Japan Earthquake Response

Japan: ADRA Continues Response in Tsunami Affected Region

SILVER SPRING, Md. – The Adventist Development and Relief Agency (ADRA) continues to respond to the devastating tsunami that was triggered by the 9.0 magnitude earthquake that shook Japan on Friday, March 11.

Assessment teams reached the severely affected city of Sendai in the Miyagi Prefecture within 24 hours after a 30-foot (7-meter) tsunami wave crashed through the city, destroying entire communities and claiming the lives of more than 1,600 people with more than 10,000 people still missing.

“The damage is so devastating, I have no words left to utter,” said Atsushi Suhara, Program Officer for ADRA Japan after flying over Natori city to assess the level of the damage.

Working together with local authorities, ADRA Japan provided hot meals in an evacuation center in the Miyagino Ward of Sendai City where approximately 300 displaced people are living and 1,300 spend the night.

“On Friday when the earthquake occurred, we came to the evacuation center,” commented a young girl at the evacuation center. “I was so happy to have [traditional Japanese] miso soup today because it was the first hot meal we had since the earthquake.”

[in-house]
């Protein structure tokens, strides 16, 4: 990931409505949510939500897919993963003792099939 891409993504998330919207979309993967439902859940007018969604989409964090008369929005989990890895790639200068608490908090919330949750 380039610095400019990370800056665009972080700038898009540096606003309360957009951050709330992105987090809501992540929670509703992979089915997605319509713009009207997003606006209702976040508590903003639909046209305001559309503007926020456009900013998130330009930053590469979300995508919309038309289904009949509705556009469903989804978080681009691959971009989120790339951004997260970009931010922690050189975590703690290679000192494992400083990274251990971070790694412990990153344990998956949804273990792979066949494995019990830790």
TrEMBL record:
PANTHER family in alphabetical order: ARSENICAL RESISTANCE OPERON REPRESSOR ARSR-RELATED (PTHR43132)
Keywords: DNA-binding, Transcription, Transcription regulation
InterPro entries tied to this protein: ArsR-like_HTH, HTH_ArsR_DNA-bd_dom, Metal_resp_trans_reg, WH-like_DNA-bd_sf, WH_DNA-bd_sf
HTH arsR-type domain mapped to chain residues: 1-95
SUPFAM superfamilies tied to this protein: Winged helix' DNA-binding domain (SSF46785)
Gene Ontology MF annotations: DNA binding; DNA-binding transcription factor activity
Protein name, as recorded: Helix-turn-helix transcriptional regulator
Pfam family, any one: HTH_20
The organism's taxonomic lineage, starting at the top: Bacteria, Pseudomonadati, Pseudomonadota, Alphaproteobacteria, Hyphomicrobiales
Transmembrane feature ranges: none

ADRA Japan continues coordinating with the Japanese Department of Social Services (DSS) and anticipates involvement in managing and coordinating evacuation centers in the affected area. ADRA is preparing to accommodate 1,000 evacuees, coordinating the procurement of food, non-food items and equipment, and transportation.

The Japanese DSS has requested a pause in immediate food distribution until the mechanism for coordination can be established to prevent duplication and the marginalization of smaller communities.

“Getting precise information and the holistic picture of the damages on the ground still remains a challenge,” said Hideo Wantanabe, Program Officer for ADRA Japan, after his initial assessment in city of Sendai. “However, we are gradually getting clearer pictures of what kind of support and assistance are needed by the people affected.”

The humanitarian situation continues to be exacerbated by reports of hundreds of large aftershocks, the onset of subzero temperatures in the heavily affected region of Sendai, and the fear of nuclear fallout from damaged nuclear power plants.

Updates will be released as response efforts expand.

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